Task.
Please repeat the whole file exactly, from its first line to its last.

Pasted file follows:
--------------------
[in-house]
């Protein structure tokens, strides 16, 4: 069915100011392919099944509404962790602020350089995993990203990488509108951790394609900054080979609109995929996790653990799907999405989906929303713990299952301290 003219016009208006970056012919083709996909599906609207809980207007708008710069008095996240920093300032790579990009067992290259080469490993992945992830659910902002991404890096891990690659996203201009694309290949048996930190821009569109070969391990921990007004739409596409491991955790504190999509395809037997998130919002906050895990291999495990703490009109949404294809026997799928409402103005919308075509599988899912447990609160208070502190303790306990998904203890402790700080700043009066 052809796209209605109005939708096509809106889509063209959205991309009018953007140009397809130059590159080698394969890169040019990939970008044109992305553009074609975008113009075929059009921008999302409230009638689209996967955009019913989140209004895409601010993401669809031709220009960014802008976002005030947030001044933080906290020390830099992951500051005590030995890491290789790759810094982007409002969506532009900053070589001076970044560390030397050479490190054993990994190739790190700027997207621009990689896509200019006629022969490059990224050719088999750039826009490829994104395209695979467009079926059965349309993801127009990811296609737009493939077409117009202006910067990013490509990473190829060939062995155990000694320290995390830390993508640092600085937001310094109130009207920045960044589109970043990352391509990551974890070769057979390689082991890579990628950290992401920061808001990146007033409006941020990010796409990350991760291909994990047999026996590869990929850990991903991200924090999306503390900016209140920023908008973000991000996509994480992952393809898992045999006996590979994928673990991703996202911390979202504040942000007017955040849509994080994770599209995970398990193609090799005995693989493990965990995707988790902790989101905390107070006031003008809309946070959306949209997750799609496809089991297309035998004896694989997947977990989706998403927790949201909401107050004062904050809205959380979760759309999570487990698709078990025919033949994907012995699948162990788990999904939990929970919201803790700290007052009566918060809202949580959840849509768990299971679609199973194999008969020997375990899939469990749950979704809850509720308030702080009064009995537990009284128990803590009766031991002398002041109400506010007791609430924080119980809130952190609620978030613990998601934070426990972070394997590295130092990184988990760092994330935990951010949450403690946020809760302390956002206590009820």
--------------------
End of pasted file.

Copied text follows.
[in-house]
């Protein structure tokens, strides 16, 4: 069915100011392919099944509404962790602020350089995993990203990488509108951790394609900054080979609109995929996790653990799907999405989906929303713990299952301290 003219016009208006970056012919083709996909599906609207809980207007708008710069008095996240920093300032790579990009067992290259080469490993992945992830659910902002991404890096891990690659996203201009694309290949048996930190821009569109070969391990921990007004739409596409491991955790504190999509395809037997998130919002906050895990291999495990703490009109949404294809026997799928409402103005919308075509599988899912447990609160208070502190303790306990998904203890402790700080700043009066 052809796209209605109005939708096509809106889509063209959205991309009018953007140009397809130059590159080698394969890169040019990939970008044109992305553009074609975008113009075929059009921008999302409230009638689209996967955009019913989140209004895409601010993401669809031709220009960014802008976002005030947030001044933080906290020390830099992951500051005590030995890491290789790759810094982007409002969506532009900053070589001076970044560390030397050479490190054993990994190739790190700027997207621009990689896509200019006629022969490059990224050719088999750039826009490829994104395209695979467009079926059965349309993801127009990811296609737009493939077409117009202006910067990013490509990473190829060939062995155990000694320290995390830390993508640092600085937001310094109130009207920045960044589109970043990352391509990551974890070769057979390689082991890579990628950290992401920061808001990146007033409006941020990010796409990350991760291909994990047999026996590869990929850990991903991200924090999306503390900016209140920023908008973000991000996509994480992952393809898992045999006996590979994928673990991703996202911390979202504040942000007017955040849509994080994770599209995970398990193609090799005995693989493990965990995707988790902790989101905390107070006031003008809309946070959306949209997750799609496809089991297309035998004896694989997947977990989706998403927790949201909401107050004062904050809205959380979760759309999570487990698709078990025919033949994907012995699948162990788990999904939990929970919201803790700290007052009566918060809202949580959840849509768990299971679609199973194999008969020997375990899939469990749950979704809850509720308030702080009064009995537990009284128990803590009766031991002398002041109400506010007791609430924080119980809130952190609620978030613990998601934070426990972070394997590295130092990184988990760092994330935990951010949450403690946020809760302390956002206590009820």